In addition there are also two types of XP. One is the Tank XP, which is tied to the tank you were using; the other is Free XP and goes to a general pool for researching other upgrades. Thus, if you rely on one tank for a lot of action you can upgrade it, but still get Free XP, though at a slower rate, for those other upgrades.
Then there are the currencies, which come in gold and silver and these are tied to the XP. During matches you earn silver, which can be used to actually buy the researched upgrades back at the garage.
As previously noted, World of Tanks also falls into the “freemium” category, so the premium goodies come into play only with the gold, which is like silver but can be bought with real-world money. Some upgrades can only be bought with gold but these are designed to be few in number and include ammo with better penetration and some boosts that allow you to gain more XP and silver per match. As Xbox Live doesn’t allow free games to charge a subscription this is essentially a round-about way for more hardcore players to gain a further edge. It unfortunately could unbalance the game, but as it is possible to only take on equally leveled opponents most players shouldn’t even encounter this as a serious problem.
Masses of Tanks
In addition, only a handful of tanks can actually be purchased through gold (i.e., using real money), and the game has so many tanks that can be unlocked through continued gameplay that it seems unnecessary to actually have to buy one. In fact, perhaps the only reason to buy one is if suddenly you have a collection of tanks and just can’t live without what is offered via purchase with gold.
That is a problem most newbies won’t have to worry about.
The three starting light tanks are enough to get you started, but most players will want to move to bigger and arguably much better tanks quickly. As with the PC version, tanks come in three varieties including light, medium and heavy, and the game’s designers have taken a bit of liberty to ensure that the game balances realism with fun. (See “Interview with ‘The Chieftain’ Nicholas Moran, Military Specialist for ‘World of Tanks.’” ) In that regard light tanks tend to have speed, while medium tanks can take a hit or two but are slower, and heavy tanks are slow but heavy hitting. Then there are the Tank Destroyers, which are the game’s lumbering snipers, and the mechanized Artillery that can bombard from a distance.
Using proper strategy can allow a light tank to survive against the heavier tanks, but trying to go up against a heavy tank with a light tank is not what most would call a fair fight—or a good idea.
The game offers tanks from the United States, Great Britain and Germany. We can hope for the same level of slow upgrades that came with the PC version, so those wishing for a French Char-B (Really, someone might want one!) or a Soviet T-34 will likely have the wish fulfilled. Although this is considered a WWII game it will likely follow the course of World of Tanks on the PC and offer tanks from the 1930s through the Korean War era.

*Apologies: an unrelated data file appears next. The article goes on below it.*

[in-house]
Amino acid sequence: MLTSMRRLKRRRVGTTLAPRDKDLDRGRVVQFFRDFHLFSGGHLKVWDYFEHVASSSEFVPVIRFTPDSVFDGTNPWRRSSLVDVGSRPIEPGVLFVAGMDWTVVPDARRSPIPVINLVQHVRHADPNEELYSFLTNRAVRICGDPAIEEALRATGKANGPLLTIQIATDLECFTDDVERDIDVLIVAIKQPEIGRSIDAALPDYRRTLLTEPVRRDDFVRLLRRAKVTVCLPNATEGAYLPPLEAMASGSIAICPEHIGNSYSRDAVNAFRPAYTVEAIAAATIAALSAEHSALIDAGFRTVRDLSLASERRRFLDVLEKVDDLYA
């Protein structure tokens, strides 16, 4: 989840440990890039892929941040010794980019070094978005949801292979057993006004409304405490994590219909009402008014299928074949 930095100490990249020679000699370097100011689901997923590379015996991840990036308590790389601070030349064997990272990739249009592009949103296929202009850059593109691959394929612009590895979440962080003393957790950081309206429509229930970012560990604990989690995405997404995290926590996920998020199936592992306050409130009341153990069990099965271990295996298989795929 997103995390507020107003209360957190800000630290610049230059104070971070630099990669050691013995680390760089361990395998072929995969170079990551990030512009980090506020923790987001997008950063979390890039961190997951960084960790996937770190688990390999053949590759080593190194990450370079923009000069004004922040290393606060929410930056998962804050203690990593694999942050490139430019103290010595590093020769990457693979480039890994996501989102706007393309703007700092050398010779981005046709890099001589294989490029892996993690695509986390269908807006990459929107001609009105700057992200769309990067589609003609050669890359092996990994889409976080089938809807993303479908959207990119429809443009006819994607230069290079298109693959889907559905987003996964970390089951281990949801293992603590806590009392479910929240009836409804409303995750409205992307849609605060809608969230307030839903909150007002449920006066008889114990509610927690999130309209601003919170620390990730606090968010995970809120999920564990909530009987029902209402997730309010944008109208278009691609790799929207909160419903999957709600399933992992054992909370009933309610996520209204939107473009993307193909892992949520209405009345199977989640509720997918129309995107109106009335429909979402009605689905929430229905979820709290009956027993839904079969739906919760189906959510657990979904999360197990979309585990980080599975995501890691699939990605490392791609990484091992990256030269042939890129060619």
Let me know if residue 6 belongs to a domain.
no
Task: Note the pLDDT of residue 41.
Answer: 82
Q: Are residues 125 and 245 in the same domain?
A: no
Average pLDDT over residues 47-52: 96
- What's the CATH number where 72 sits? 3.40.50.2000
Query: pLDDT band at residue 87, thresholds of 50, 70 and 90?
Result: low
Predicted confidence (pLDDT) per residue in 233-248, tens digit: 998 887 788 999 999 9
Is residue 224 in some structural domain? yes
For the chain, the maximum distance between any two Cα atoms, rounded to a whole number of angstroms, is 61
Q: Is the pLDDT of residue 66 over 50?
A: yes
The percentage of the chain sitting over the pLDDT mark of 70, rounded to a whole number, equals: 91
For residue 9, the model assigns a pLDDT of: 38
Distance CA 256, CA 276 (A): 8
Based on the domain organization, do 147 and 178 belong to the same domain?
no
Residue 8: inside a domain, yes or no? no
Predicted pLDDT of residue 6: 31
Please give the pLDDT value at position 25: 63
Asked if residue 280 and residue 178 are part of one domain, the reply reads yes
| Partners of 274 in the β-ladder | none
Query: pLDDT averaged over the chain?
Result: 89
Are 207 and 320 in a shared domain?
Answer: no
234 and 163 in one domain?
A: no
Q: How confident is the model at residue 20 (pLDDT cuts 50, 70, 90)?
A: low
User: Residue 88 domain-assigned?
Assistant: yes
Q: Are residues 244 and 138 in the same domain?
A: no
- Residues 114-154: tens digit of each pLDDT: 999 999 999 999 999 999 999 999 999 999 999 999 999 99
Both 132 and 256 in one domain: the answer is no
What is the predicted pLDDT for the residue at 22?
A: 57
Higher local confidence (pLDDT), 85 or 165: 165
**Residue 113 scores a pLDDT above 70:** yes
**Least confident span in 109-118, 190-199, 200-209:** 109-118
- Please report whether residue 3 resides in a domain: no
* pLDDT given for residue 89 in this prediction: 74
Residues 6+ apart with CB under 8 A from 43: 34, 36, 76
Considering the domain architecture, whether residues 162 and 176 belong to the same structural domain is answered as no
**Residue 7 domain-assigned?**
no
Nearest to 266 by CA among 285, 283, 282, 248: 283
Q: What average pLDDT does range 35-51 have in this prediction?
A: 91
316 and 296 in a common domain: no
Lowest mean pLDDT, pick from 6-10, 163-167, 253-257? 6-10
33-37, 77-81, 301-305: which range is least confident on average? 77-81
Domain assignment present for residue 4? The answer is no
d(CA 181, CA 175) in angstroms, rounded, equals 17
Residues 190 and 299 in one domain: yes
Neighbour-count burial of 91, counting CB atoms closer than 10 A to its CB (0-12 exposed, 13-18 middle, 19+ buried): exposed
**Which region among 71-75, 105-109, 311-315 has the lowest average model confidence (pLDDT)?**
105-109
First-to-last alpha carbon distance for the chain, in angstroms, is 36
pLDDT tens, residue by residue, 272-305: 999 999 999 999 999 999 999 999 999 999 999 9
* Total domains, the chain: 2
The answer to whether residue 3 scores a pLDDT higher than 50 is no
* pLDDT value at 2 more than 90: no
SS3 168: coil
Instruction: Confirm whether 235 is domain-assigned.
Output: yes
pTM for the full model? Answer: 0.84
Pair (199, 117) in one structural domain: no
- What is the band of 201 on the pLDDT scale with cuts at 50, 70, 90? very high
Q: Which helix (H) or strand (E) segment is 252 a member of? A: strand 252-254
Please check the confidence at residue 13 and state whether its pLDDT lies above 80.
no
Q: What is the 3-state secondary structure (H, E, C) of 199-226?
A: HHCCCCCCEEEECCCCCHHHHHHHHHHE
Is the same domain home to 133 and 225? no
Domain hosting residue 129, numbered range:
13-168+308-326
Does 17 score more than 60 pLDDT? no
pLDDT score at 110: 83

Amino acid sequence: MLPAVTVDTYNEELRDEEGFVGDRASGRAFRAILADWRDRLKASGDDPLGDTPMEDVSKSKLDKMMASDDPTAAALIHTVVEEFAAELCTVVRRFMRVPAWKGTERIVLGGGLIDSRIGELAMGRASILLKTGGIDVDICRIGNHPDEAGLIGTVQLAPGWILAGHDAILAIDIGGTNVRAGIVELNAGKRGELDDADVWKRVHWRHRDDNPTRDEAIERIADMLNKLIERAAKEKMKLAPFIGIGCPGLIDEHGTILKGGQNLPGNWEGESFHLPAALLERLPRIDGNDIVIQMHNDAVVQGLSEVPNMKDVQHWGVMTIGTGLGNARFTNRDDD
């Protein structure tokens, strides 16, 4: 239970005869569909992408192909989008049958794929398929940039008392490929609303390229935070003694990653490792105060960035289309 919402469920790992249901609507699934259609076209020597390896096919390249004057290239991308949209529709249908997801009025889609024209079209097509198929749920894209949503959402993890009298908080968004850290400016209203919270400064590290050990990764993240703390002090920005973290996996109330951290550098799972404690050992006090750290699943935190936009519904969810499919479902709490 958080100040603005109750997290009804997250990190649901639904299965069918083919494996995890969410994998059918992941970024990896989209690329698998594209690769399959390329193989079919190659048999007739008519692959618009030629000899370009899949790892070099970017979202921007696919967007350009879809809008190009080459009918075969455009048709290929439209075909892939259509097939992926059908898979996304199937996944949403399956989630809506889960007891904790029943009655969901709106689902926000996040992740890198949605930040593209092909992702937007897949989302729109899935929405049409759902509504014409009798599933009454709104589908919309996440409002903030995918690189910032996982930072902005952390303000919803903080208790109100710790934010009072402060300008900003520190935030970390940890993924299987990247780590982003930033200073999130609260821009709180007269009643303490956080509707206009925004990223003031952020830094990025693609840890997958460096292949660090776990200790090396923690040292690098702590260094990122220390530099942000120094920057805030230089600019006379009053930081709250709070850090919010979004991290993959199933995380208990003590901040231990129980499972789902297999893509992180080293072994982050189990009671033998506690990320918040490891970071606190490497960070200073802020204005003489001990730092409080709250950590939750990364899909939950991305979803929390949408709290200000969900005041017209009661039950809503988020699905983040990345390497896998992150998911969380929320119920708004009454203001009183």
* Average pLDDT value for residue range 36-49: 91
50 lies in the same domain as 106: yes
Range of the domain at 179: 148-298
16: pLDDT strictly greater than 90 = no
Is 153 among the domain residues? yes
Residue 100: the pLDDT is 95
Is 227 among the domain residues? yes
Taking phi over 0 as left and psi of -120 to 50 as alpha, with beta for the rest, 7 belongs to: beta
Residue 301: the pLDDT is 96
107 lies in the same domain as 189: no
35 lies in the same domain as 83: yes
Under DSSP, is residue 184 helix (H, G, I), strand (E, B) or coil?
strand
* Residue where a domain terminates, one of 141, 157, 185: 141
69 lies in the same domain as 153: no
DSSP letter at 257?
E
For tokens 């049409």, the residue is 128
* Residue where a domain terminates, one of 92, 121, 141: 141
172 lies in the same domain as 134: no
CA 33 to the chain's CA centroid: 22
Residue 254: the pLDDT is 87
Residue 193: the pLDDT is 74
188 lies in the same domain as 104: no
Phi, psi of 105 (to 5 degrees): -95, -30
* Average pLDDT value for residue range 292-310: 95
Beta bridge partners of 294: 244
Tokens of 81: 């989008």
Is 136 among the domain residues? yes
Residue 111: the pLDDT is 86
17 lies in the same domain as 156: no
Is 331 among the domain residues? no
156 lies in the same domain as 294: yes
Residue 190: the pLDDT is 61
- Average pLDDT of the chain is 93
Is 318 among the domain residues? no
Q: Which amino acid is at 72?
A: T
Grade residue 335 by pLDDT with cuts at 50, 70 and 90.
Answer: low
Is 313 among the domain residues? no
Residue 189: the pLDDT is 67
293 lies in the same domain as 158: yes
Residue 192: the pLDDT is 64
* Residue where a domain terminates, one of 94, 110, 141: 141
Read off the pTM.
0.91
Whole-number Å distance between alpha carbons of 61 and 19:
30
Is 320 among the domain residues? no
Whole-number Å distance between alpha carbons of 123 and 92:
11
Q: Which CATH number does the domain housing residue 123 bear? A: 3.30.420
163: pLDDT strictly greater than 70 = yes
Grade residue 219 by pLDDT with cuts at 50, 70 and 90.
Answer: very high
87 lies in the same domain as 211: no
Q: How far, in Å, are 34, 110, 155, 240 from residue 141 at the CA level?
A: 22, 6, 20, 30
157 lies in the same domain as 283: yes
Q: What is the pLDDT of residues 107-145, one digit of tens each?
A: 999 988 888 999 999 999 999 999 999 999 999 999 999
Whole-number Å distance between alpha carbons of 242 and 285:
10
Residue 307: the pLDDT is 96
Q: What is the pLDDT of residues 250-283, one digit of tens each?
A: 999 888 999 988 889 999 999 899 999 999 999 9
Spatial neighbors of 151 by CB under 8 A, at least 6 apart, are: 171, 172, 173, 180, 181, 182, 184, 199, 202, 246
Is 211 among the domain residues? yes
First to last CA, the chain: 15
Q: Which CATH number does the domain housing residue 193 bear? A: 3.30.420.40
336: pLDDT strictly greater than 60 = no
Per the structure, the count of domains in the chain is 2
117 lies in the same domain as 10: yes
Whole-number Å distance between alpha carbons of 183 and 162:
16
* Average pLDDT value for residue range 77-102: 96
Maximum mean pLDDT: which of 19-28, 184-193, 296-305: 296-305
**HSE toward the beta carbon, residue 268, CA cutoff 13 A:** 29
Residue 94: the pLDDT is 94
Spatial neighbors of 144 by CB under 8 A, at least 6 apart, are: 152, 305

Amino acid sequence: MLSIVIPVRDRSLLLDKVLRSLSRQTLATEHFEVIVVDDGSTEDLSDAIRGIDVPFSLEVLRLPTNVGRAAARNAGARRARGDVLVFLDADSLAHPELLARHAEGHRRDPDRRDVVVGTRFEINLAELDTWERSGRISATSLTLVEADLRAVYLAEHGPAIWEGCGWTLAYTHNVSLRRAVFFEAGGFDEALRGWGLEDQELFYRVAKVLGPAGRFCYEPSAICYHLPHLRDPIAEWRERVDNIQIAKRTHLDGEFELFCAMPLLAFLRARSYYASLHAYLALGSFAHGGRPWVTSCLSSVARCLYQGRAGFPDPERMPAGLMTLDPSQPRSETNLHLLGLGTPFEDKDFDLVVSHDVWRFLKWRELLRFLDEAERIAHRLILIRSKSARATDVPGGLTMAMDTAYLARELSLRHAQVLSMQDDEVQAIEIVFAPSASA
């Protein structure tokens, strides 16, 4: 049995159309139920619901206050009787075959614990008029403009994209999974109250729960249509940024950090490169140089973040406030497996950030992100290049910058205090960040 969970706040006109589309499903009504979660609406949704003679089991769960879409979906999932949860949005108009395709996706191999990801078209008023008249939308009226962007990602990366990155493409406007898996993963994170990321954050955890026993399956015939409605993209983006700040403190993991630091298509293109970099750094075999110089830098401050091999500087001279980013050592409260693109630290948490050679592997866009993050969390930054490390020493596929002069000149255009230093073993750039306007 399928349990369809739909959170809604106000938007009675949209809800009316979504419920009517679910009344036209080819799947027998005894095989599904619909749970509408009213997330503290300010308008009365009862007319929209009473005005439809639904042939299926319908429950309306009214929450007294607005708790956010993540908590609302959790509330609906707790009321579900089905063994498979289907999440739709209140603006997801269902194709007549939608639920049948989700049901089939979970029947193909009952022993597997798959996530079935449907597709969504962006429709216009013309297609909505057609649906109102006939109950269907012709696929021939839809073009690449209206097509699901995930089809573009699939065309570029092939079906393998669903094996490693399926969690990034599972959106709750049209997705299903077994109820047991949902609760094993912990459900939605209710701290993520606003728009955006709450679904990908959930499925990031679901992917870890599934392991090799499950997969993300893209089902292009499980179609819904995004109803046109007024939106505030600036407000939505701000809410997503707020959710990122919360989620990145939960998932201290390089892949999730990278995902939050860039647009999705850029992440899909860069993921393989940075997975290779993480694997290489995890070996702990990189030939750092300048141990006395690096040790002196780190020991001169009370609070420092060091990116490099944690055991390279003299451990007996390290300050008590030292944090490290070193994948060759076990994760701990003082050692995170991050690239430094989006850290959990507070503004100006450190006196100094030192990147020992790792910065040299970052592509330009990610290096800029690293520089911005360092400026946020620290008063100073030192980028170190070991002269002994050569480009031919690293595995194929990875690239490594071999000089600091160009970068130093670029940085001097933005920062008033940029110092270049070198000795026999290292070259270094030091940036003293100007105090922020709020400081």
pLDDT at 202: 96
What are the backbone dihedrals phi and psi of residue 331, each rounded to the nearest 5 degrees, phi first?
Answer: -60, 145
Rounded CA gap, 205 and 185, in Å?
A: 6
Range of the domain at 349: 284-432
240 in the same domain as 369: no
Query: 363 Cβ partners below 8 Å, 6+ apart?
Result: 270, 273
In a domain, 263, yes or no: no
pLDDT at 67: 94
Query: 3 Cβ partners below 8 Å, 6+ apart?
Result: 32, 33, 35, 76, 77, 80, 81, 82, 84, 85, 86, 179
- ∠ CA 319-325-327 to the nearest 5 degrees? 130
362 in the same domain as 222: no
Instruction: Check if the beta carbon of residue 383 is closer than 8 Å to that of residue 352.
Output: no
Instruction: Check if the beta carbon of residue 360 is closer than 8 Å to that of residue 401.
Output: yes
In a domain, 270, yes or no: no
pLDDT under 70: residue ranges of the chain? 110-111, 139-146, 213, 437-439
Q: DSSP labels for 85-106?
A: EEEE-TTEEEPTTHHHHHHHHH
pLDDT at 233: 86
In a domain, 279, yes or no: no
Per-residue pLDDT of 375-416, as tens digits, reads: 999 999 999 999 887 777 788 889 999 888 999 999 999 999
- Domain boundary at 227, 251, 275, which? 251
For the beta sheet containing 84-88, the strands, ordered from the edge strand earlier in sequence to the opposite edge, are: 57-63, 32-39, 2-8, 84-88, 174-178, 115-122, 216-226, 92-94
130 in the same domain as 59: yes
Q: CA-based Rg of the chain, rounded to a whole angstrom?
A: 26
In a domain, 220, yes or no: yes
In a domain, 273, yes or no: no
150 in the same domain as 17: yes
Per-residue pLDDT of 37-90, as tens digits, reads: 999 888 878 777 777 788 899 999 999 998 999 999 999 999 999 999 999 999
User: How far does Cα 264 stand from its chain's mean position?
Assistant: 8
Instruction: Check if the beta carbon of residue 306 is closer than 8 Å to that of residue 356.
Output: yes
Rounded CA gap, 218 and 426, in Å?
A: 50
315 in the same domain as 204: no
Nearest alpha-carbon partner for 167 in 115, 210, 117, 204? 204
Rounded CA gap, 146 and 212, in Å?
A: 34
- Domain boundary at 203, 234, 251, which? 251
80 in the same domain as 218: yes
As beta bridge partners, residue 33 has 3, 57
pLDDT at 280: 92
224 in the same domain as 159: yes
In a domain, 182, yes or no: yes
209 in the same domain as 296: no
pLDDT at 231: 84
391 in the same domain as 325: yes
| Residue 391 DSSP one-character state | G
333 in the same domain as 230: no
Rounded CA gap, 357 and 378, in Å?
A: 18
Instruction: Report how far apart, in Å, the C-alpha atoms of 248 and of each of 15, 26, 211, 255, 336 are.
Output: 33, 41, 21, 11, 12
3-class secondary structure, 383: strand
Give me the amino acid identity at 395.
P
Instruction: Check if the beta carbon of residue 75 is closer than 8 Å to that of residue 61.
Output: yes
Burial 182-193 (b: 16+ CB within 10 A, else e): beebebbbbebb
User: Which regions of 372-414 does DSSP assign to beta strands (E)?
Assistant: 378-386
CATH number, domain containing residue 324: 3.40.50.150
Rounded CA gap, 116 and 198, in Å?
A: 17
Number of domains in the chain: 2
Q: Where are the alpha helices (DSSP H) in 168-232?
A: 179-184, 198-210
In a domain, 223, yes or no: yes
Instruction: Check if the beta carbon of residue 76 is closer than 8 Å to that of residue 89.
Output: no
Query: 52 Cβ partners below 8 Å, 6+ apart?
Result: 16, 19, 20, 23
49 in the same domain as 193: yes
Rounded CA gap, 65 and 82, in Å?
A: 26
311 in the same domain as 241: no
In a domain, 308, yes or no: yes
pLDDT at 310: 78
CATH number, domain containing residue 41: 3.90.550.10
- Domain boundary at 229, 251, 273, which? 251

World of Tanks currently offers seven maps and three game modes. Matches are timed to last a maximum of 15 minutes with 15 players per side. The most popular of the three game-play modes is the Standard, which is a basic capture-and-hold of key points around the map. Encounter involves a neutral base that must be taken and held, and the Assault mode has one team holding a base and defending it. Even these modes seldom go for 15 minutes. While a match can be won in the Assault mode by taking the enemy base, most matches still end when one team has been annihilated.
The Xbox 360 version of World of Tanks offers seven maps that include a variety of terrain. All are pretty much what tankers would hope for, with a mix of elevation and just enough cover. In this regard the designers created a true perfect-world setting that provides a mix of cover and openness, whether it is the desert setting of Sand River or the snow-covered Mountain Pass. This is, after all, a game, not a military training simulation. The only big complaint is that some cover is simply too good. Tanks hidden in brush can all but disappear from view. You have been warned.
World of Tanks isn’t going to win any prizes for the most realistic-looking game, however. The graphics haven’t improved from the PC version, so on larger screen TVs they look cartoonish at times. Again, this isn’t a simulation, but it hardly compares to some of the visuals you’d see in other console games on an HDTV.
The other major complaint is that from the garage there is no option to choose a game to join. Instead players are just dropped into a battle at random, and the platoon system is limited to just three tanks, which makes teamwork very difficult to nearly impossible. As a result, games can range from organized chaos to downright anarchy at times, but fun nonetheless! Even after repeatedly being blown apart I found myself going back for more.
Armchair General Score: 80%
About the Author
Peter Suciu has been collecting militaria and playing military simulations since he was a child. He’s been reviewing computer games for nearly 20 years, and when he’s not waging battle from his desktop he is a business reporter for several magazines and websites. His work has appeared on CNBC.com, Fortune.com and Forbes. He also collects military helmets and runs the MilitarySunHelmets.com website.